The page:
✘ Not a client

    Hi Marie and gsdmom,

    Marie – worry led to my first big bout of insomnia in college. I was chosen for a really stressful presentation in front of the whole college plus some local writers. That was the first time I didn’t sleep a wink for two nights, I was useless at the presentation, and when it was finally over I went to sleep and slept for … 3 hours! Needless to say I was confused. Worry, anxiety, stress – they’re all the cause of it. After that I had sleeping problems for the rest of college,but only of the onset type, fueled mostly by worry and fear.

    You said that this time your insomnia is different and is affecting your life more. That’s exactly my problem. Insomnia has changed its M.O., it’s waking me up too soon after I fall asleep easily and no ammount of calm and acceptance can change it.

    I,too, have aged rapidly. I went from a too young looking 22-year old who can’t order a beer without showing my I.D. to a guy who’s lying about his age since I hate when everybody gasps when they hear I’m only 31, I guess I look 40.

    But none of that really bothers me if I could get my old sleep back. When I get 6 hours or more (more only if I take Valium and if it works), I don’t really care about much else. I just want to feel at least somewhat rested.

    Marie , if your insomnia lasts for only 3 months, then there is a really good chance it will go away just like it did once before. 3 months of suffering isn’t little by no means, but I wouldn’t classify you as a chronic insomniac just yet, I don’t care what the official terminology says! Hang in there, I wish you good luck. You will enjoy your husband, kids and friends soon, I’m sure.


    finally, someone who can’t nap. Not that I would wish it on anyone, but as they say, misery loves company. 🙂
    In all seriousness now, it’s good to know I’m not alone. I also wonder why we can’t nap, but I guess we are just wired this way. I’m sure it has something to do with the circadian rhythm and all that. In any case it’s not easy, the only silver lining is that it helps getting me to sleep in the evenings, I think. People choose sleep restriction, I live it. I also remember only a handful of times that I napped throughout my life. Because of it I had to stay awake on 15+ hours flights, 12+ hours train rides to the sea as a kid, while everyone else cut their flights short by snoozing away. Grr.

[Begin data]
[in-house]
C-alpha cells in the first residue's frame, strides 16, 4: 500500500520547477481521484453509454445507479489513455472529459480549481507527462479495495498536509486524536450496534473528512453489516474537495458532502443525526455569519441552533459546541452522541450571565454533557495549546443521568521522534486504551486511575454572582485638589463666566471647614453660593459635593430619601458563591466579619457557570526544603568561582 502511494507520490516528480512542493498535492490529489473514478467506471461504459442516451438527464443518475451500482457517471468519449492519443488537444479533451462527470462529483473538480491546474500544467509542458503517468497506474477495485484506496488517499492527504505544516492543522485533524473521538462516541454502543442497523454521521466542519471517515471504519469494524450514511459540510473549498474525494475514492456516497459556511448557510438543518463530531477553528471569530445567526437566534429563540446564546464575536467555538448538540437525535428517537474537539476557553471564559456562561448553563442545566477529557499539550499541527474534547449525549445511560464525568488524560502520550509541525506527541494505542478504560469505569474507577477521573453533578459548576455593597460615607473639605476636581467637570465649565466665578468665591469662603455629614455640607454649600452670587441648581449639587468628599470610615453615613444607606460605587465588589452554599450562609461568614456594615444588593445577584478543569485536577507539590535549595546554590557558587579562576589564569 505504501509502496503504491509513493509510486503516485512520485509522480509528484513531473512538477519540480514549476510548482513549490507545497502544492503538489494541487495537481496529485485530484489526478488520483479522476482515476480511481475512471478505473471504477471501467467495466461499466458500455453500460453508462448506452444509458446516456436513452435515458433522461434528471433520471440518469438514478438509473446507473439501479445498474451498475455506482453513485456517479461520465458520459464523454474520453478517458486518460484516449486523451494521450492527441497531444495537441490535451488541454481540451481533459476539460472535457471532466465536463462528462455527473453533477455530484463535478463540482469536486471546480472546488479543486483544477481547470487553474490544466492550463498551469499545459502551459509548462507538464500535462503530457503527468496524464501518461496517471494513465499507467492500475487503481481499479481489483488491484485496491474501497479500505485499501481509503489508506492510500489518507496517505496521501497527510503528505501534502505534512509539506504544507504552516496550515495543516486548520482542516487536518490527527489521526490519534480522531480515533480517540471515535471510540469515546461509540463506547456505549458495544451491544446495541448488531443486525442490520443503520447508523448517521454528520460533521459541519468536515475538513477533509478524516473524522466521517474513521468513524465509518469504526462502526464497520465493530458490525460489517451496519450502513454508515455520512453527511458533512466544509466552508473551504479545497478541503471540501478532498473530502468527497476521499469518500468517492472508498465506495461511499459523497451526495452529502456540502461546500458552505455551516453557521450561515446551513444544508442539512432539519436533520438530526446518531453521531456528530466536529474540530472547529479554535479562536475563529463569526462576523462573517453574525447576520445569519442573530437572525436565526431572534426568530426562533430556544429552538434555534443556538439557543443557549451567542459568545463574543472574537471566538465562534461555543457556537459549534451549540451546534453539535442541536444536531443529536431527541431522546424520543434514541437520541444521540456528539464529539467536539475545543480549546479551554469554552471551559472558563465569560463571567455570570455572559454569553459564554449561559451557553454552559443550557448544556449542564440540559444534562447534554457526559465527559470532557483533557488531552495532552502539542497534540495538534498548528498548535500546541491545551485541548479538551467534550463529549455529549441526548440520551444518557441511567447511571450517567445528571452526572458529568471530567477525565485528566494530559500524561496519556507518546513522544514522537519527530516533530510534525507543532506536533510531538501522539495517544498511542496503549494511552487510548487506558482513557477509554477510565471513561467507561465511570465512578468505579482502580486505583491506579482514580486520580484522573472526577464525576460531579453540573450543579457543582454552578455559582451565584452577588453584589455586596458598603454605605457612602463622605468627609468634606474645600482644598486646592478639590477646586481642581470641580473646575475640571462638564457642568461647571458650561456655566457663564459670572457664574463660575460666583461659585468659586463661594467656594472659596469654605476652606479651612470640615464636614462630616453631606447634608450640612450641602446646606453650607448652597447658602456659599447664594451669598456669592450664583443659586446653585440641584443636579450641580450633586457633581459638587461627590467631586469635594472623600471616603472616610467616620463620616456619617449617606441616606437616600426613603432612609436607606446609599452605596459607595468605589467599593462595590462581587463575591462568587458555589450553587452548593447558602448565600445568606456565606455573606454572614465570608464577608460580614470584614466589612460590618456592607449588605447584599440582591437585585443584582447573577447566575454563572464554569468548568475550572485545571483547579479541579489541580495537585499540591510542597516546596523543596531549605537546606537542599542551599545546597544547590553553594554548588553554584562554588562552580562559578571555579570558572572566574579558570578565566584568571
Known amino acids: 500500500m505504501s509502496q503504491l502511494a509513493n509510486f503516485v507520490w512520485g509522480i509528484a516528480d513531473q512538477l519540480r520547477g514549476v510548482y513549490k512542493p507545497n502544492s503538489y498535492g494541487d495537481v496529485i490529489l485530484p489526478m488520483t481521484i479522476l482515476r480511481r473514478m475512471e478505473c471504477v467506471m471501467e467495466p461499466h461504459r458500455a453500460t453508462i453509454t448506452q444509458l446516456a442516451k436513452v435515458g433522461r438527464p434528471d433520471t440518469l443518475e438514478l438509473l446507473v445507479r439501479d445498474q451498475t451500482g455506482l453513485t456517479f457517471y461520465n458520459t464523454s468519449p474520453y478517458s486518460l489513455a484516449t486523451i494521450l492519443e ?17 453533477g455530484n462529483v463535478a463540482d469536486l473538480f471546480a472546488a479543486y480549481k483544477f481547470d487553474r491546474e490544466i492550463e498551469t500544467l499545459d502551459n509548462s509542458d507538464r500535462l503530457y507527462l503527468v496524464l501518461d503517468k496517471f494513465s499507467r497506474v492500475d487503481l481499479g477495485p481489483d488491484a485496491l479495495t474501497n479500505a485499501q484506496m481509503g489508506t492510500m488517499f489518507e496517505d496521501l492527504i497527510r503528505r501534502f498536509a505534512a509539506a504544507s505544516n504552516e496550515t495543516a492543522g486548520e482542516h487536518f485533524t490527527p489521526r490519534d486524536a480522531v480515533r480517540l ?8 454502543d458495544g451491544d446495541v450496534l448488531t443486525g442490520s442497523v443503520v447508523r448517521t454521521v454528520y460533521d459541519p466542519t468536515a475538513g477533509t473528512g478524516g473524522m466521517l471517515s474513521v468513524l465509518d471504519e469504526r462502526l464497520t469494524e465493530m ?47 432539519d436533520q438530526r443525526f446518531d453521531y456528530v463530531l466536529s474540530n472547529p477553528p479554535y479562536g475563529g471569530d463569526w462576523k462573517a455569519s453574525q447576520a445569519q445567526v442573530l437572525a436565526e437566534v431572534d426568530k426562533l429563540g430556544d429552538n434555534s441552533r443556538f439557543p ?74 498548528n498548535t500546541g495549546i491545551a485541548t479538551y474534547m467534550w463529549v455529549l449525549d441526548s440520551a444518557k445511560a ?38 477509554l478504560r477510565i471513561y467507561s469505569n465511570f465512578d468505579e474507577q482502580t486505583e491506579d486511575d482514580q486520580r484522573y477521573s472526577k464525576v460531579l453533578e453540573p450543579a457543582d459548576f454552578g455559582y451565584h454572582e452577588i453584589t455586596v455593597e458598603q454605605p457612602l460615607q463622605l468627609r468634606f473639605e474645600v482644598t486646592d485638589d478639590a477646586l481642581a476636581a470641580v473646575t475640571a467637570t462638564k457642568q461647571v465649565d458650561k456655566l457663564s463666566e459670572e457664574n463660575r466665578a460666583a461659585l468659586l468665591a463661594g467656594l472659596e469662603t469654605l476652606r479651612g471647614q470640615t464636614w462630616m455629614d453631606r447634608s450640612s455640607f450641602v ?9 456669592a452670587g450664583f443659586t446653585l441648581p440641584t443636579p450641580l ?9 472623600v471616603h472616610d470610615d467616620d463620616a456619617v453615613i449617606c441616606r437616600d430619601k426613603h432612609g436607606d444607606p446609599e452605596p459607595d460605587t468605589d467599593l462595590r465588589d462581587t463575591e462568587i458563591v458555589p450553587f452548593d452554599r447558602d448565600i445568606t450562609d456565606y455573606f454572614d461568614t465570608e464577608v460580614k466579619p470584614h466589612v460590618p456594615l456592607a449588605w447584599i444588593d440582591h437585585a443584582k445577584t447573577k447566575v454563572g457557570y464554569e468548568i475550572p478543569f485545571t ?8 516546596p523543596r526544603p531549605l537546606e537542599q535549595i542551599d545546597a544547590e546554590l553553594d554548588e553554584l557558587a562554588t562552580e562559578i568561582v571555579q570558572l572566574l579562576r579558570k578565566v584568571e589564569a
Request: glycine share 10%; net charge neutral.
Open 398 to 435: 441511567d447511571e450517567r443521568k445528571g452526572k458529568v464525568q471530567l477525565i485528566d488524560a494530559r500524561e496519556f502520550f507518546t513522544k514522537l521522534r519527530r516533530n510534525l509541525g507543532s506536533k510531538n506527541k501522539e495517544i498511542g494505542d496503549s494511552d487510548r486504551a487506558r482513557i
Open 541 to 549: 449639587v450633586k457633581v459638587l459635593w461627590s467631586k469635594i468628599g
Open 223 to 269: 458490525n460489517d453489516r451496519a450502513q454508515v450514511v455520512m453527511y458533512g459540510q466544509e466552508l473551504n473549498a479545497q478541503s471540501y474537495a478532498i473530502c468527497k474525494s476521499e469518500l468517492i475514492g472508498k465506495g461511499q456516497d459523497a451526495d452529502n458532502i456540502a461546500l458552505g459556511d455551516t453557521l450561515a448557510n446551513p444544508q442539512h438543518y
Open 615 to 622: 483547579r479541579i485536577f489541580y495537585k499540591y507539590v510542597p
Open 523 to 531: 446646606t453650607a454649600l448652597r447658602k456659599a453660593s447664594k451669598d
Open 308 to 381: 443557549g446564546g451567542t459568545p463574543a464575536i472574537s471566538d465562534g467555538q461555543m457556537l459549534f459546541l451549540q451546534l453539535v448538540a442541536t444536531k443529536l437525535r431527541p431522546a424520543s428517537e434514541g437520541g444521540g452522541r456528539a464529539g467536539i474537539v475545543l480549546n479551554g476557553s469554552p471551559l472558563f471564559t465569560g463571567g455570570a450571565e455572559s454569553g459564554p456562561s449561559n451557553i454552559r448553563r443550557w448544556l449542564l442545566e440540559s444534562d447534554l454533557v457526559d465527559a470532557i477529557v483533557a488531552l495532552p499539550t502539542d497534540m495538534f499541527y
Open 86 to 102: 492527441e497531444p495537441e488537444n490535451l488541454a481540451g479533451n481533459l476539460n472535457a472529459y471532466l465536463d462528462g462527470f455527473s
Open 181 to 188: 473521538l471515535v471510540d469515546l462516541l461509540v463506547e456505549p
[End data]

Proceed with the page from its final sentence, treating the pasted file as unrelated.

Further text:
I haven’t tried meditation, but I have tried just laying down and resting. Sadly, it doesn’t help much. If I don’t drift away, which I can’t, I don’t rest. But I know meditation is more thatn that, so I might give it a go.
    Thanks for your response. I think I will save it somewhere for the future , when I feel alone in this non-napping business again.

    • This reply was modified 2 months, 2 weeks ago by Edgar.

    ✘ Not a client

    Edgar, yes I remember how frustrating it can be to travel. Many years ago I was a travel agent and I hated when my companions would get so excited about taking a red-eye flight to save time, they get to travel and sleep at the same time – but not me, no, always miserable the first couple days of a long journey and then couldn’t deal with the time change.

    Anyway, I would mostly recommend the mindfulness meditation because if practiced daily over time (at least two months) studies have shown it helps to shrink the amydala – the fear area of the brain and this will help with insomnia recovery. And also when my insomnia was really bad, like I wanted to die, doing mindfuness in the afternoon helped me just enough to pull together a decent dinner for my family, although trying to clean up afterwards was another story. You should definitely check out the Resources tab at the top of Martin’s website, very helpful stuff to help you get started dealing with insomnia, it just takes a long, long time to start healing.